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All India Council for Astronomy & Space Education (AICASE)

Astronomy for Mankind (मानवजातीसाठी खगोलशास्त्र) \\ Deceleration: AICASE is a non-profit organization focused on astronomy. Its registration is currently underway. We do not offer any degrees.

Japanese space mission shows, asteroids may be the source of Earth’s water

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After analyzing unique samples obtained during a six year Japanese space mission, scientists speculated that water may are transported to Earth by asteroids from the extreme reaches of the solar system. Researchers are studying the debris returned to earth in  December 2020 from the asteroid Ryugu in an attempt to give light on the beginnings of life and the creation of the universe. The Japanese Hayabusa-2 space probe, which touched down on the Ryugu (asteroid) and launched an “impactor” into its surface, collected the 5.4 grams of pebbles and mud.


Two years ago, Hayabusa-2 made its way back to Earth’s orbit to release a capsule containing the sample.


Studies on the fabric are starting to be published, and in June one team of researchers said that they had discovered organic material that suggested that some of the amino acids, the elemental components of life on Earth, may have evolved in space. According to a recent study that was published in the Nature Astronomy journal, the Ryugu samples may hold the key to solving the puzzle of how seas first arose on Earth billions of years ago. The study, conducted by researchers from Japan and other nations, was released recently. It suggested that volatile and organic-rich C-type asteroids may be one of the main suppliers of Earth’s waterAccording to the report, “there is still a great deal of controversy around the supply of volatiles (such as water and organics) to the world.”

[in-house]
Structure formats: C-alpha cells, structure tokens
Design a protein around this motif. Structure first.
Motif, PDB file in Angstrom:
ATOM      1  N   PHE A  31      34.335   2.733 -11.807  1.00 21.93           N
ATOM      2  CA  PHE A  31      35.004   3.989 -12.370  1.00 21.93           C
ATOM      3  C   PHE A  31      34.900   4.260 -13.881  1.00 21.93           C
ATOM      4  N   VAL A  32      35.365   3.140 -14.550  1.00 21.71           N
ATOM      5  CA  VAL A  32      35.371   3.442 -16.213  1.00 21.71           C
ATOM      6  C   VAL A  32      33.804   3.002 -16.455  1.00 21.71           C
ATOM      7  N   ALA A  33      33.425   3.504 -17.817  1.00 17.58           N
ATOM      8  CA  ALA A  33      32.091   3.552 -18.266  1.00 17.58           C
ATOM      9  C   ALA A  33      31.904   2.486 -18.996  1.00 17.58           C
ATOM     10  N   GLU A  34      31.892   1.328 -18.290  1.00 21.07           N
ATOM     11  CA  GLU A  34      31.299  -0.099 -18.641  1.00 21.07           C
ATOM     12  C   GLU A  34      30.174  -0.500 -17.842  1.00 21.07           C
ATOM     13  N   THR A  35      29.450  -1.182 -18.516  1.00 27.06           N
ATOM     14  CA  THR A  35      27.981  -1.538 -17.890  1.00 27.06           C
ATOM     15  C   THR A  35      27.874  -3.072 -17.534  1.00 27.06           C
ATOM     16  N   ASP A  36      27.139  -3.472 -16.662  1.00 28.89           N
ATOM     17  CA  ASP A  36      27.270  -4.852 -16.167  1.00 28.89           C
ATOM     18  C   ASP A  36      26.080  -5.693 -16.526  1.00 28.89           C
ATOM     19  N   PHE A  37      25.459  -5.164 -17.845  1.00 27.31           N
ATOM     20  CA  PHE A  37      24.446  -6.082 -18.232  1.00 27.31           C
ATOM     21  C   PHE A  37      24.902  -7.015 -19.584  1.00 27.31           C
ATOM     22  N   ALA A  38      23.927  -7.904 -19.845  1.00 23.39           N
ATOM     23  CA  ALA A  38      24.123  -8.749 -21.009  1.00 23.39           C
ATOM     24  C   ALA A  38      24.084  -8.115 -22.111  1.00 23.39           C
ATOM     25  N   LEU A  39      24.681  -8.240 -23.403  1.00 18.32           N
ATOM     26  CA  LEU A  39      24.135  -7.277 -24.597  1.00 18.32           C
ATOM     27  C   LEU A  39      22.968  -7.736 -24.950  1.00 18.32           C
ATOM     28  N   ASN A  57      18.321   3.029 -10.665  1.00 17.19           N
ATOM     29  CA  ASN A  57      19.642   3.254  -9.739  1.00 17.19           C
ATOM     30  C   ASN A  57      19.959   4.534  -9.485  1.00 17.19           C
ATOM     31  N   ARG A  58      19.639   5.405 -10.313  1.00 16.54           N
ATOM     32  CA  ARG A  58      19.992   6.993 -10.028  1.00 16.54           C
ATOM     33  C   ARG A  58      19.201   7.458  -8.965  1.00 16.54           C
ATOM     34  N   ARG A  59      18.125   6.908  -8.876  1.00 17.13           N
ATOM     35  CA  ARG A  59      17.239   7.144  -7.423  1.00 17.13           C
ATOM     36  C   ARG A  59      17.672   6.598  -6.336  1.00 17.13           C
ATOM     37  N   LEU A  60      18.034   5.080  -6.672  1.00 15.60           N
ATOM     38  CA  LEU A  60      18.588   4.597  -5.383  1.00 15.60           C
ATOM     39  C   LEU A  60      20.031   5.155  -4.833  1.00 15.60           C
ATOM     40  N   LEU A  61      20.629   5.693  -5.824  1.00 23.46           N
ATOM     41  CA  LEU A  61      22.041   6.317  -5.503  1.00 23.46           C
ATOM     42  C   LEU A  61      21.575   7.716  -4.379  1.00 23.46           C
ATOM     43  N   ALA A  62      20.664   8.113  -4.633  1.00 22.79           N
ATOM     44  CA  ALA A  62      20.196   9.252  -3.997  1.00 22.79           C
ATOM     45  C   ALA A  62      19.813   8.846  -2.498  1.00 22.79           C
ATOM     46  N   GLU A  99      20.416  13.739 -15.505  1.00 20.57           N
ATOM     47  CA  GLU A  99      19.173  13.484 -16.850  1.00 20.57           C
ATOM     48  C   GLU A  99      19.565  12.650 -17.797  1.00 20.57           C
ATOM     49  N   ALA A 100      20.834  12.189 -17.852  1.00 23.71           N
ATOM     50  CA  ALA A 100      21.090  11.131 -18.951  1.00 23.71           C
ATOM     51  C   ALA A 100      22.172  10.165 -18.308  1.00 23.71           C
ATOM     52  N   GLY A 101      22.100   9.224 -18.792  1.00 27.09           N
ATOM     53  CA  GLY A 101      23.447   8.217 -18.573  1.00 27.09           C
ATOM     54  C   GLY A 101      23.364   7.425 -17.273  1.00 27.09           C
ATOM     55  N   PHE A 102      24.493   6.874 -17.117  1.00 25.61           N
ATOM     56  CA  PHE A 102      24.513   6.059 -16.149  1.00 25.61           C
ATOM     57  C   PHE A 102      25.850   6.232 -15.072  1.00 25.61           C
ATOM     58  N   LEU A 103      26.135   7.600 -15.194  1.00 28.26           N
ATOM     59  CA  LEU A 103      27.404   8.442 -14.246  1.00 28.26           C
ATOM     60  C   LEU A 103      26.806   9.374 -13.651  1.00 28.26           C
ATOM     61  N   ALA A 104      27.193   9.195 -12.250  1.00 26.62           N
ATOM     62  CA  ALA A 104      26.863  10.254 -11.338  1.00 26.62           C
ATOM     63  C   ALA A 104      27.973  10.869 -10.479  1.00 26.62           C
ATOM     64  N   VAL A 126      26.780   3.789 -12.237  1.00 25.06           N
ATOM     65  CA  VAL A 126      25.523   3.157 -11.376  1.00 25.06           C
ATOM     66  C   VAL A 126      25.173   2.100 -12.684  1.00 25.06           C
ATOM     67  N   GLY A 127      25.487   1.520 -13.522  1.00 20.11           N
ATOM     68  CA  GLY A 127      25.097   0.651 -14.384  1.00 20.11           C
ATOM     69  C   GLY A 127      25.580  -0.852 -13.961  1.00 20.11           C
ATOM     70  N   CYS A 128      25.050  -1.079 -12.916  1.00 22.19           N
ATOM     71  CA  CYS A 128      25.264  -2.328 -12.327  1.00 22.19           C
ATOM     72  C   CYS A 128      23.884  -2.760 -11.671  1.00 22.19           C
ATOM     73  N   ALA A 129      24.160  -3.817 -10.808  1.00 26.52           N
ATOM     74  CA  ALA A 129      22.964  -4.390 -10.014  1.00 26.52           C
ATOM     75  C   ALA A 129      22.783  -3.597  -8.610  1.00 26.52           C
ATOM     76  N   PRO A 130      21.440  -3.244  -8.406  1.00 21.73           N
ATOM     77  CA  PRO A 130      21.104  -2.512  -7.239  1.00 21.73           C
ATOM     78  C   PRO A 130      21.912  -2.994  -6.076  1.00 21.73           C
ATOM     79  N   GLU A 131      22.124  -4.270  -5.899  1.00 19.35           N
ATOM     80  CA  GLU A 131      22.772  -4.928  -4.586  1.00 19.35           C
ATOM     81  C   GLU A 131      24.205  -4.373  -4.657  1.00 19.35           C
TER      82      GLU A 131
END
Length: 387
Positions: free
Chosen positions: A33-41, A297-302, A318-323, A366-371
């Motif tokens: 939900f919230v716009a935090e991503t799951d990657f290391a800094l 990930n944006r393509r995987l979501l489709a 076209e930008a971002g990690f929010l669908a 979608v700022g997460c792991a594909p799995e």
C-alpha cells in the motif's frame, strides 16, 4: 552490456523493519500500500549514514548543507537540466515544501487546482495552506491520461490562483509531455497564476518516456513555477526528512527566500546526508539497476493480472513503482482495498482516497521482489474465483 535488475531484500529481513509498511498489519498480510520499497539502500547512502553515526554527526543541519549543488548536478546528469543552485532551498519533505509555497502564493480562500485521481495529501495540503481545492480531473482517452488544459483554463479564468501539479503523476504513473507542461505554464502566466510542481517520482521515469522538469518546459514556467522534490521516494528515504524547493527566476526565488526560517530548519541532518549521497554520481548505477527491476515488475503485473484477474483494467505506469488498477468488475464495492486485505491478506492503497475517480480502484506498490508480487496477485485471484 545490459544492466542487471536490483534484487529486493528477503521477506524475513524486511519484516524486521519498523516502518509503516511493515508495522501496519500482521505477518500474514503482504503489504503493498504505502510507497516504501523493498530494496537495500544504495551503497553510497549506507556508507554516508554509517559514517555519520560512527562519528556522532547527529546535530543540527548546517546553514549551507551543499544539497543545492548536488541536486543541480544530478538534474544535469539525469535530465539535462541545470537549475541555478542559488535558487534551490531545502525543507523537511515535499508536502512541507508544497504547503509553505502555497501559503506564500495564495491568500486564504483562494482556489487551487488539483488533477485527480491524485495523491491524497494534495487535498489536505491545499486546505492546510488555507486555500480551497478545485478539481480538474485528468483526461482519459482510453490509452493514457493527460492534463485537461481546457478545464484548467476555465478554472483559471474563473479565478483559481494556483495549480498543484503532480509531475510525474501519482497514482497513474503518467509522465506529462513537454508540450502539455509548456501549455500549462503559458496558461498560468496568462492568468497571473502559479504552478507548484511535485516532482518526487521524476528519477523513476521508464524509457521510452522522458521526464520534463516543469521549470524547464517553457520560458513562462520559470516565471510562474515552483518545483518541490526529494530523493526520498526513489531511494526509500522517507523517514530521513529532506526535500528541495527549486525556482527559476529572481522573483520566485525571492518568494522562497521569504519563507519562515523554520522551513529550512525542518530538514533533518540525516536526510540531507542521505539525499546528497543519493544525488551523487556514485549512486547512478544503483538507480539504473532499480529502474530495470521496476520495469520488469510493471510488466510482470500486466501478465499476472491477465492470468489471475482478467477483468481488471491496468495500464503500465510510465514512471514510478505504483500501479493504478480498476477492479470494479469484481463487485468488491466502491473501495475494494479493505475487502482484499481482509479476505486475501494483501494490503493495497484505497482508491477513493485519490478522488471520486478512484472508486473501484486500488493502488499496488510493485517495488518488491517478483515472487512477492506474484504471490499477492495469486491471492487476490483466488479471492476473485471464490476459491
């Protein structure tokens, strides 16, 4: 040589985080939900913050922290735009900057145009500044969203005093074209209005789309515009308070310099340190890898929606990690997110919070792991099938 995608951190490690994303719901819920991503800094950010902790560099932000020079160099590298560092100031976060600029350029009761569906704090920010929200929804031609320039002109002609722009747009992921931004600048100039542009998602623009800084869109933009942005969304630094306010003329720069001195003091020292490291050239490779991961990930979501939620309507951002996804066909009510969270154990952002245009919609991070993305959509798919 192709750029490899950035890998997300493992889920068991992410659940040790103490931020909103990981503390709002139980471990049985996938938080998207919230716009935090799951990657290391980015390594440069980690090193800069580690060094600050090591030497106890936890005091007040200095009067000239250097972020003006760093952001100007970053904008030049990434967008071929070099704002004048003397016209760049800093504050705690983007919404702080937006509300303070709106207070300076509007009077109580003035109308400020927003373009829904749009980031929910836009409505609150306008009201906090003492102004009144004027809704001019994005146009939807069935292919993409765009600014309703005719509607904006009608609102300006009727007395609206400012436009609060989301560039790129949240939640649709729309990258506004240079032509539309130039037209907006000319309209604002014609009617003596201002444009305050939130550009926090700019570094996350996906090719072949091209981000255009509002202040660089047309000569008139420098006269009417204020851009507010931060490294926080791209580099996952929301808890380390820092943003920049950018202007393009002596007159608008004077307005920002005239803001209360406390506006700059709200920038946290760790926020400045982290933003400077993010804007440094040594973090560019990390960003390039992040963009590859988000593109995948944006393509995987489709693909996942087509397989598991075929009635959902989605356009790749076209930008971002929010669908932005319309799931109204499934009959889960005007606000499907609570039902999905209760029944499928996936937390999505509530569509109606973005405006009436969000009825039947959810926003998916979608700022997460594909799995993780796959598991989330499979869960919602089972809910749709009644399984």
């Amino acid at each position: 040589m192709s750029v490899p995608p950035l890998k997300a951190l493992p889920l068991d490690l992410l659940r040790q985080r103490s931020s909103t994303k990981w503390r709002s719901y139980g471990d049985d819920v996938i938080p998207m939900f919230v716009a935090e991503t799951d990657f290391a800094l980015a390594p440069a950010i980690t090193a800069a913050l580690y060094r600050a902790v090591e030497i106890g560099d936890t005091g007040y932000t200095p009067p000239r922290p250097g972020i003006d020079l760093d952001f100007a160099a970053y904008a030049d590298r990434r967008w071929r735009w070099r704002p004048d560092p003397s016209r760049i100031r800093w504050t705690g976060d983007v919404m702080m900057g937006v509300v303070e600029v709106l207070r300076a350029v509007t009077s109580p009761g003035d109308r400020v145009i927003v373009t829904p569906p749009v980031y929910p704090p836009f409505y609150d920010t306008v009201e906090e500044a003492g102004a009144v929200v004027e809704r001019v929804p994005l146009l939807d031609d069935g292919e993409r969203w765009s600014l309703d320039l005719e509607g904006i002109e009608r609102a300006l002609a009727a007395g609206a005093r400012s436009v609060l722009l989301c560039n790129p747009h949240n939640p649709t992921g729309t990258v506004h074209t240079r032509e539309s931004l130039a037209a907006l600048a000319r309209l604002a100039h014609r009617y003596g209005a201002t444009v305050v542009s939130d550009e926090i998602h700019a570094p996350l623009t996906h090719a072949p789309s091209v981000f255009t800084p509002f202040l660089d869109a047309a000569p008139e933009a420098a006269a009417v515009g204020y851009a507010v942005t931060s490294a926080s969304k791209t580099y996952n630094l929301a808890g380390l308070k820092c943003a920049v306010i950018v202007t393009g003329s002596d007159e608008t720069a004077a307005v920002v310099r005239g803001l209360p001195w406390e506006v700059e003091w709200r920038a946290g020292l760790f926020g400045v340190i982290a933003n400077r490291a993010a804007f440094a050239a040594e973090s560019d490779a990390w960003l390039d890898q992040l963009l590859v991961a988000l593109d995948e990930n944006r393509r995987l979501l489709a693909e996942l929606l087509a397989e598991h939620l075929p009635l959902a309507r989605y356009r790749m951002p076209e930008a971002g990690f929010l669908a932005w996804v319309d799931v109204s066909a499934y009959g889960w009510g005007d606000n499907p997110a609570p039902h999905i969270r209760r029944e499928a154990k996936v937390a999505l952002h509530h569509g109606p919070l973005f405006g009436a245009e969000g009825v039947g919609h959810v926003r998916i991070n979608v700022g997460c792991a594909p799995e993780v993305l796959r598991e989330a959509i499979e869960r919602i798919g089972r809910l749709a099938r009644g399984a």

However, the organic substances discovered “in Ryugu particles, revealed during this study, likely represent one key source of volatiles.” Although they noted that it was “unlikely to have been the only source of volatiles transported to the early Earth,” they also noted that such material “probably had an outer Solar System origin.” Hayabusa-2 recently returned to Earth’s orbit after being launched in 2014 on a mission to Ryugu, which is located approximately 30 crore kilometers away, in order to deliver a capsule containing the sample.


Illustration showing the process by which the Japanese Hayabusa-2 space mission returned asteroid samples to Earth in December 2020

In this publication, it is said that Ryugu particles are without a doubt among the purest Solar System elements that are currently available for laboratory investigation. Ongoing examination of those precious samples will probably improve our understanding of early Solar System activity.





Last Updated on August 17, 2022 by Sonkamble Satish

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